I was on a run one late afternoon at English Landing Park in Parkville and noticed something a bit surprising. It is standard practice after I run at the park to walk alongside the rivers edge and attempt to slow my life down a bit; I tend to move at a blistering pace and forget to be fully present in each moment of my day. This day had been no different as I had gone from meeting to meeting and barely noticed anything. As I sat down on a bench in the shade looking out over the river I noticed 3 ducks that were all standing on the bank of the river. As I was watching they all at once jumped in the river and began to swim across. What was most interesting and surprising was they all three swam right next to each other in a “V” shape. There was no separation between them at all. The Missouri River has all kinds of dangers in it, there are whirlpools that will suck you under, there are logs and tree branches that can snag you, and mud so thick you can get stuck in it just by wading in up to your waste.
These ducks were practicing something that many of us have forgotten and that’s relationship. Many of us have isolated ourselves from each other and attempt to live life on our own apart from others. These ducks were beside each other as they waded through one of the most difficult parts of their day, swimming across a dangerous river. Not all of life is like this dangerous river but there are times when we go through very rough stages and many of us attempt to go through these very difficult moments on our own.
Relationships are God given; they are what can sustain us as we move through the journey of life. In Genesis God says; “it’s not good for people to be alone.” For some of us we live at such a harried pace we don’t take time to nurture some of our most important relationships, our friends. Nurturing a group of friends beyond just knowing names and interests takes a ton of intentional work. It takes being vulnerable and honest with feelings and emotions. It takes talking about what is “really” going on and not what’s just on the surface. When a few are gathered together to “share” life with each other God says in Matthew 18:20, “…wherever 2 or 3 are gathered in my name I am there.” There is something supernatural something deeply spiritual when you are part of a group that is open and honest with each other and the best part is God says, “I will be there with you.” Sure God is always present with us but when there are a few gathered in the name of God there is a physical manifestation of God’s presence that is unlike anything we can experience on our own.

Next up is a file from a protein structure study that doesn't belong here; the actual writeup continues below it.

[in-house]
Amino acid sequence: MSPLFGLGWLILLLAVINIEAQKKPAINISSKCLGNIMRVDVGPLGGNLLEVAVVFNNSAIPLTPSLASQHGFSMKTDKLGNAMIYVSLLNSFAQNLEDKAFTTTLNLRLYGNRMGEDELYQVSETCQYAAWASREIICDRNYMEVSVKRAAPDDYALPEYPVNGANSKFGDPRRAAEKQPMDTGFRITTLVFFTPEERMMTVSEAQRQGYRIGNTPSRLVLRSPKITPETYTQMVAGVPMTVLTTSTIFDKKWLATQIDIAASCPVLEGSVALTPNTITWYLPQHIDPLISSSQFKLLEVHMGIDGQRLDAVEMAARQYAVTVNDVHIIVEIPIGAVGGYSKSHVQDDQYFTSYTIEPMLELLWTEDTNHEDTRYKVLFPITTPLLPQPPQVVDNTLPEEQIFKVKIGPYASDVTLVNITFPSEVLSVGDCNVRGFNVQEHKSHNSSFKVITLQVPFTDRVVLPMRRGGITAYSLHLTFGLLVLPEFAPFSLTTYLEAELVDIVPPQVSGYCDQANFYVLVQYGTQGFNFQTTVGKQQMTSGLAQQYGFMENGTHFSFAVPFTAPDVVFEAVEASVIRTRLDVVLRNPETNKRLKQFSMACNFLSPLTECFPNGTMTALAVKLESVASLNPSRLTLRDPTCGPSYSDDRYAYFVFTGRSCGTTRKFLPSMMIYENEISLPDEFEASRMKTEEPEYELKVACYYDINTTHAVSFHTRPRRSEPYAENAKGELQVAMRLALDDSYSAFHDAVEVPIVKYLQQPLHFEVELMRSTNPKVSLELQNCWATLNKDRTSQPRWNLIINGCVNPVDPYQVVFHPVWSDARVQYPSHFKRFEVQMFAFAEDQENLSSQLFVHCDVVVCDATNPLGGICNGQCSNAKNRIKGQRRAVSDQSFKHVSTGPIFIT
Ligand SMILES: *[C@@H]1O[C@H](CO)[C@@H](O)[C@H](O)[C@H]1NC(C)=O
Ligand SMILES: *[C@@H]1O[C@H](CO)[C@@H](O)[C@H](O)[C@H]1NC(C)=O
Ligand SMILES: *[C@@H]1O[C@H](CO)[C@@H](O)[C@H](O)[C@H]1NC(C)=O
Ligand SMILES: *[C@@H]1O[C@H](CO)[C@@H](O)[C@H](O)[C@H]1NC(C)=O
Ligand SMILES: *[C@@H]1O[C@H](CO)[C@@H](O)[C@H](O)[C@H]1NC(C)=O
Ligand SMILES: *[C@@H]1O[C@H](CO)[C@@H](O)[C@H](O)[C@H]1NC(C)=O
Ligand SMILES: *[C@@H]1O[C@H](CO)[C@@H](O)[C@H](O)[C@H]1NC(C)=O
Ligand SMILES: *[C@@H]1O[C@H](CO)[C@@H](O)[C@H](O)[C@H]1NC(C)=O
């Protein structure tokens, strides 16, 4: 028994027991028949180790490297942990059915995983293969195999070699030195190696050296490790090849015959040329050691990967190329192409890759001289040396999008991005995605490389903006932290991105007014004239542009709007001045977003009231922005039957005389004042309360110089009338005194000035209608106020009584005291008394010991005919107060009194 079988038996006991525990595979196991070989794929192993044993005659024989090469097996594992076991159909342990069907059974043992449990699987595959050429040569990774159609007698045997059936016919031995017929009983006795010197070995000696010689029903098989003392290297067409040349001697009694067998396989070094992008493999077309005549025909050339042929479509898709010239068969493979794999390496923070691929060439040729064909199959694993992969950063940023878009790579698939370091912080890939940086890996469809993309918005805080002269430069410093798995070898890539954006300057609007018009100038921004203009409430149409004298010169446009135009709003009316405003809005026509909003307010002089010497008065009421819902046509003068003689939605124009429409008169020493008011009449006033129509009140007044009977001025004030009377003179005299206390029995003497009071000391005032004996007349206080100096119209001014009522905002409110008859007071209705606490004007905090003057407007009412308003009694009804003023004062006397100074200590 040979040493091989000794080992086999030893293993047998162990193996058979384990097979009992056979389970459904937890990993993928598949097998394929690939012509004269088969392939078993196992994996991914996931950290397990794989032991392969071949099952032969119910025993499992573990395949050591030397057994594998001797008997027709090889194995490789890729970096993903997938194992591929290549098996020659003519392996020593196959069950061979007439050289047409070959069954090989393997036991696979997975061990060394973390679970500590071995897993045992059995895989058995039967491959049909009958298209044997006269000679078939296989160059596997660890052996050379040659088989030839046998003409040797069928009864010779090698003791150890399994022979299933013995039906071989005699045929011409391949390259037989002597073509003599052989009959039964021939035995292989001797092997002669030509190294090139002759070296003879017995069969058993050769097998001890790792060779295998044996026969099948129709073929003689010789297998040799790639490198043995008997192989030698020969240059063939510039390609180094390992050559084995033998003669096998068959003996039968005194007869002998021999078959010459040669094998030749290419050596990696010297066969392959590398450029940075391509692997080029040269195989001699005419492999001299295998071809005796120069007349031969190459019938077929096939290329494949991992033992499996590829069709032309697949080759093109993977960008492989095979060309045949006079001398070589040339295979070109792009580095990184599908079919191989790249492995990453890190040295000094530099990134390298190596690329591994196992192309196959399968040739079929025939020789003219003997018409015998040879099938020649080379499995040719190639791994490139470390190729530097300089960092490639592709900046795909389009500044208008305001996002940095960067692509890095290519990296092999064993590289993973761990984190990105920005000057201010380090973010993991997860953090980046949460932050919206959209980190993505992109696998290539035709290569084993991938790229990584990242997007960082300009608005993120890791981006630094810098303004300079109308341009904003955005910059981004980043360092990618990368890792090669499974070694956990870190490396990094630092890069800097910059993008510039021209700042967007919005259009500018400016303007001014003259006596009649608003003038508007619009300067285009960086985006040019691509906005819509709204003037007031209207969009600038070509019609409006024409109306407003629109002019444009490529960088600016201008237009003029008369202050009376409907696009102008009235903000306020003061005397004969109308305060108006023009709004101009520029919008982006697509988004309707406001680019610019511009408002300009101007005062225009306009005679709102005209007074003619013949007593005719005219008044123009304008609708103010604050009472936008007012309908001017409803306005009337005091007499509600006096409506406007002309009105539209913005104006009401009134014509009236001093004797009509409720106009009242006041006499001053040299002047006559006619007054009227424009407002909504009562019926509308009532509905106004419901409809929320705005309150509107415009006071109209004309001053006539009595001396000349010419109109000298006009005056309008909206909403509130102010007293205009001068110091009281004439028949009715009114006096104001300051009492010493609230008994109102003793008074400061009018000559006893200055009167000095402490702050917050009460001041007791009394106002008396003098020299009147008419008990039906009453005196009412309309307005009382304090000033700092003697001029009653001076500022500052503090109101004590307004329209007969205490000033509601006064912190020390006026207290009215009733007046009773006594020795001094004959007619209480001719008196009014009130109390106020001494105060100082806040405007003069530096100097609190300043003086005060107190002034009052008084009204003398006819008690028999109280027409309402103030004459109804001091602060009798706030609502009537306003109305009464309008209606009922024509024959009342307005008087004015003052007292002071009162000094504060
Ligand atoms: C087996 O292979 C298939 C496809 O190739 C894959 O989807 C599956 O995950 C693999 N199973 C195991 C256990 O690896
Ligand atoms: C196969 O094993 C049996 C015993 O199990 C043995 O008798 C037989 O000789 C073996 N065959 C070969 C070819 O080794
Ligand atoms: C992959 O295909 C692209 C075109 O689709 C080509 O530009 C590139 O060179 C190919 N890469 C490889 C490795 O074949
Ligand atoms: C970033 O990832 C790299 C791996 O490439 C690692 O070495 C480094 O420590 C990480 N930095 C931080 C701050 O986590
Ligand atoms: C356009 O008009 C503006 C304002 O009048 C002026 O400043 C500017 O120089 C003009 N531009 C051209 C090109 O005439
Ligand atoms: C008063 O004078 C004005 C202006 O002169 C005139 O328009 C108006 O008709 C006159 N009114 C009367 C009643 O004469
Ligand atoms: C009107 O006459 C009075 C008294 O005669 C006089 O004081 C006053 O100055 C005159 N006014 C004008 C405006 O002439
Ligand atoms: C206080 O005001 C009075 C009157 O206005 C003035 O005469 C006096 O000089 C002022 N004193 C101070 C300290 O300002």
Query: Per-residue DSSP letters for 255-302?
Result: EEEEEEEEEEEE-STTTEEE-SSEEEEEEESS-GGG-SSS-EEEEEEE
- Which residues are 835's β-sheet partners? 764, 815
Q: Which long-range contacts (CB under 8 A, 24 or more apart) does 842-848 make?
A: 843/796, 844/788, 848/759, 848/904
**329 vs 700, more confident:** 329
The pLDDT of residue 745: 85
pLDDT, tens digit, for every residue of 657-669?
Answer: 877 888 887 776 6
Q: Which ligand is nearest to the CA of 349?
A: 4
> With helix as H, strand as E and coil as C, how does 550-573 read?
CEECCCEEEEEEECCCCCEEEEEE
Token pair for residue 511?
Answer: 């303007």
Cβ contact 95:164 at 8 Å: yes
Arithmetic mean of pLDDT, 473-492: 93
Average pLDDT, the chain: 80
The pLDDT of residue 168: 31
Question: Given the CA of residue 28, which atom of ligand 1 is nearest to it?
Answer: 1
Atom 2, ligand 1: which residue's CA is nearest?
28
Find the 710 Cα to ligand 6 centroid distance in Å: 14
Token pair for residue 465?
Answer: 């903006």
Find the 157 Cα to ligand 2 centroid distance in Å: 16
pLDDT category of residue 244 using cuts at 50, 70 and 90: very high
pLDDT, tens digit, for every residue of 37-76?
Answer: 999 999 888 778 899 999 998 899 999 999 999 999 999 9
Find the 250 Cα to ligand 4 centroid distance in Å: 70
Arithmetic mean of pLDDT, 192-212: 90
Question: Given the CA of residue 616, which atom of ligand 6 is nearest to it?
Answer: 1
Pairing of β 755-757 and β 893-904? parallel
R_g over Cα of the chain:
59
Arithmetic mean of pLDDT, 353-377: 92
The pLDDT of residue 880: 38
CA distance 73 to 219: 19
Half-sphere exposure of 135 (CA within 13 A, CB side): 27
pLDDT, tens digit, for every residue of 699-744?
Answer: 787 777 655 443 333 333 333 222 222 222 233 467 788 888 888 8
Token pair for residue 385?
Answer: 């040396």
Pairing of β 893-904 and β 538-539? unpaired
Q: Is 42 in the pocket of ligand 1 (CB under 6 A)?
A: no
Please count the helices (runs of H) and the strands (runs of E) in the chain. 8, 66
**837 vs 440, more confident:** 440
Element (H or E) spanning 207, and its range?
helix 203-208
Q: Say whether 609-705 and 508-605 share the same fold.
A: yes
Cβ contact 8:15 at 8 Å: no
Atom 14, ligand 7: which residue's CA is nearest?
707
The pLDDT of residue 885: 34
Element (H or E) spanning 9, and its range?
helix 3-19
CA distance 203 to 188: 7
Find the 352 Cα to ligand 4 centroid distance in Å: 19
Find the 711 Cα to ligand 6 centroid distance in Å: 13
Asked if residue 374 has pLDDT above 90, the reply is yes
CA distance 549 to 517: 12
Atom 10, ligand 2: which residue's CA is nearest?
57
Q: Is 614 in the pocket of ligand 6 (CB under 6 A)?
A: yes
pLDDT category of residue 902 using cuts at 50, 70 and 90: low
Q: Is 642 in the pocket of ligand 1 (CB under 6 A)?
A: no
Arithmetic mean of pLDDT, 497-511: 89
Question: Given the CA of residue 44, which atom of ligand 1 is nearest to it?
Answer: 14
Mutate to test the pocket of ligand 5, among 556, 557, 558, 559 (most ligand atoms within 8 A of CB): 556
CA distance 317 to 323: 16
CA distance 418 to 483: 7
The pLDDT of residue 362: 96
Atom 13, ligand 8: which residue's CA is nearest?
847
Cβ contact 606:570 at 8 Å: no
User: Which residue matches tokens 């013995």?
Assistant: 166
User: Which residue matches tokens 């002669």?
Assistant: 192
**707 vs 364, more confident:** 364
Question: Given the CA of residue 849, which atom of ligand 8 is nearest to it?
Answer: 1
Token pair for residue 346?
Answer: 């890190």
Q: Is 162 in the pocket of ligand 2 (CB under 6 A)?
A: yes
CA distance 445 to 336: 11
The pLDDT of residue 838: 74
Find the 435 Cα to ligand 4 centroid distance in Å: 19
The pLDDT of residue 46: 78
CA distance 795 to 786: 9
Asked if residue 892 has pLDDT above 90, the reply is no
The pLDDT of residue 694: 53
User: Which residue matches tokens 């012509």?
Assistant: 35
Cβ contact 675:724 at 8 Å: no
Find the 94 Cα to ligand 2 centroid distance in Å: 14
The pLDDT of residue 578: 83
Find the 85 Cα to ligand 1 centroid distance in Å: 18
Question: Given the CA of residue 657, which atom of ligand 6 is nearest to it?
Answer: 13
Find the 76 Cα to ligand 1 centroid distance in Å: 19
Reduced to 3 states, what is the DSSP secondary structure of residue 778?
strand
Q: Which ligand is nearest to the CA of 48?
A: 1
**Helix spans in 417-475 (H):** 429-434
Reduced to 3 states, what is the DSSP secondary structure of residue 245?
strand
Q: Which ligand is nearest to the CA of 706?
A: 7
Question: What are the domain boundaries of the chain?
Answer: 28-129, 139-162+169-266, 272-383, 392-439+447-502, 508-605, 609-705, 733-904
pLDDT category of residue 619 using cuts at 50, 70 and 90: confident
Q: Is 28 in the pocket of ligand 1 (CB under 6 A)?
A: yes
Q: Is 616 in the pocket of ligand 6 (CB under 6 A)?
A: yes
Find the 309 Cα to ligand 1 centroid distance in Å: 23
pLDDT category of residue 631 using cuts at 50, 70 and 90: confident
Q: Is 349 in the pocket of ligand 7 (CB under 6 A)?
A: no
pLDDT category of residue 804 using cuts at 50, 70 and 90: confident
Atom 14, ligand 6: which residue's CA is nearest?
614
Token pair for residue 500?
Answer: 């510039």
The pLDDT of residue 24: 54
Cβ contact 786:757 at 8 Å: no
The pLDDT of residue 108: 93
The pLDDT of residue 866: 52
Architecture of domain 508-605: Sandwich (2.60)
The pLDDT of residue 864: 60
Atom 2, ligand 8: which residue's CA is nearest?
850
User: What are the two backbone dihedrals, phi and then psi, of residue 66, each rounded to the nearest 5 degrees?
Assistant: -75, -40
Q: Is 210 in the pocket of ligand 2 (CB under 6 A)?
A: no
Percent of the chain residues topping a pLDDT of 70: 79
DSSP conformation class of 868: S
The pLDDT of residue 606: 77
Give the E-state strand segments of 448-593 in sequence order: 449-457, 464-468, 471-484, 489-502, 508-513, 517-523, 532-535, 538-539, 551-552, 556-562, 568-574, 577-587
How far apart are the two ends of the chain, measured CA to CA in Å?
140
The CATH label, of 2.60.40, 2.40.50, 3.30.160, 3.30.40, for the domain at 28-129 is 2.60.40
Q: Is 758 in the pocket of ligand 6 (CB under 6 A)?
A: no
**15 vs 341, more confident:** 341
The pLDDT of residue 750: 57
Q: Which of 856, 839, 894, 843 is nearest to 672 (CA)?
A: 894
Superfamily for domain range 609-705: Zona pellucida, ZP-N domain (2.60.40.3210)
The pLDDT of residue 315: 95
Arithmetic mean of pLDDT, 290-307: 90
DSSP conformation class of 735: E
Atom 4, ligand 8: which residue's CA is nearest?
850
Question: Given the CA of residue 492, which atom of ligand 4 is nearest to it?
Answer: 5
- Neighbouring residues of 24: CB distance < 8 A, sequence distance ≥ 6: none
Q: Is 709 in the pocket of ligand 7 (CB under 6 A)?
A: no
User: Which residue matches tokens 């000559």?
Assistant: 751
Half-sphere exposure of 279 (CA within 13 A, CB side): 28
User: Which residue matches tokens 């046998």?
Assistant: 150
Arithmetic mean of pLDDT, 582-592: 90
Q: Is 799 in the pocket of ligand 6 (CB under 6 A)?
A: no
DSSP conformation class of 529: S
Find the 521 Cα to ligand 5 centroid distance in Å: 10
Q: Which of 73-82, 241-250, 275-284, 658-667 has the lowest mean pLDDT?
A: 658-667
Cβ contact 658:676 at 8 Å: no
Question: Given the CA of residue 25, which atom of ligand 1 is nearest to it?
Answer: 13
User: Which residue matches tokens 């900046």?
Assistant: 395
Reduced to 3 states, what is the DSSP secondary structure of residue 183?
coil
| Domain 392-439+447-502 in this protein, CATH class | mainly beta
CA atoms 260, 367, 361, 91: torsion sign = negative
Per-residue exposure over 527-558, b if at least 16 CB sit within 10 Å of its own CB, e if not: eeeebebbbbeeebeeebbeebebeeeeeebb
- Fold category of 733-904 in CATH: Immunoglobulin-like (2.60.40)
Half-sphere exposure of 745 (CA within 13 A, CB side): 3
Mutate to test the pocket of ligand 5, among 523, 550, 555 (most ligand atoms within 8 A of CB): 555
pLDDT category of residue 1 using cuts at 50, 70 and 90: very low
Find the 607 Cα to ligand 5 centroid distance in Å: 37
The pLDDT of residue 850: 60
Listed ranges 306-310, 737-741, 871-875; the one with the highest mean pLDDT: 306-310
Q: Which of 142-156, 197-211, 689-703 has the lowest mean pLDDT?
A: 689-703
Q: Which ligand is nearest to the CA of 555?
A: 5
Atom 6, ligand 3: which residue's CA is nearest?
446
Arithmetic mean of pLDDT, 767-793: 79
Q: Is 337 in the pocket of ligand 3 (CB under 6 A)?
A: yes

In I Thessalonians Paul is writing to a group of believers who needed a better understanding of what life together looks like. Paul writes in I Thessalonians 2:8, “We loved you so much that we shared with you not only God’s Good News but our own lives, too.” When Paul was with the people of Thessalonica he not only shared the Good News of Jesus but also his own life. All his hopes and dreams all the ways in which he falls short. In the New Testament book of James (5:16) the writer says, “Confess your sins to each other and pray for each other so that you may be healed. The earnest prayer of a righteous person has great power and produces wonderful results.”
Confessing sins to each other can release the shame we feel from those sins and when we do this as a part of a group of trusting, caring, and compassionate friends we can experience God’s grace. For many of us we think if I share my sin with someone else then they will run away from me but the exact opposite is true. When we share our sins we share them recognizing that James says we can experience healing in our lives.
The problem with some of us is we feel undeserving of God’s grace so we don’t form these close relationships. We don’t seek to live out a life of freedom and healing because we don’t feel we are deserving of God’s grace.
The question before us today is who are your 3 or 4? Who knows what’s going on within you? Who knows where you fall short? Who is there for you to confess your sins to, to pray for you, to pray for healing? Today God is calling us into relationship with one another, the kinds of relationships that bring healing and hope to our lives.
Here at Good Shepherd we highly value small groups. The goal of a small group is Christian discipleship. Small groups seek to create an environment of care, safety, authenticity, growth and help. You might ask, “How do I join a small group.” We have found the best way to join a small group is through meeting people while taking a short study. Short studies have a variety of topics and have sign-ups all throughout the year. Sign-up for a short study meet some folks and start a small group. Small groups size range from 4-6 people. Once you have a small group have the small group leader contact Jill Hodge at email@example.com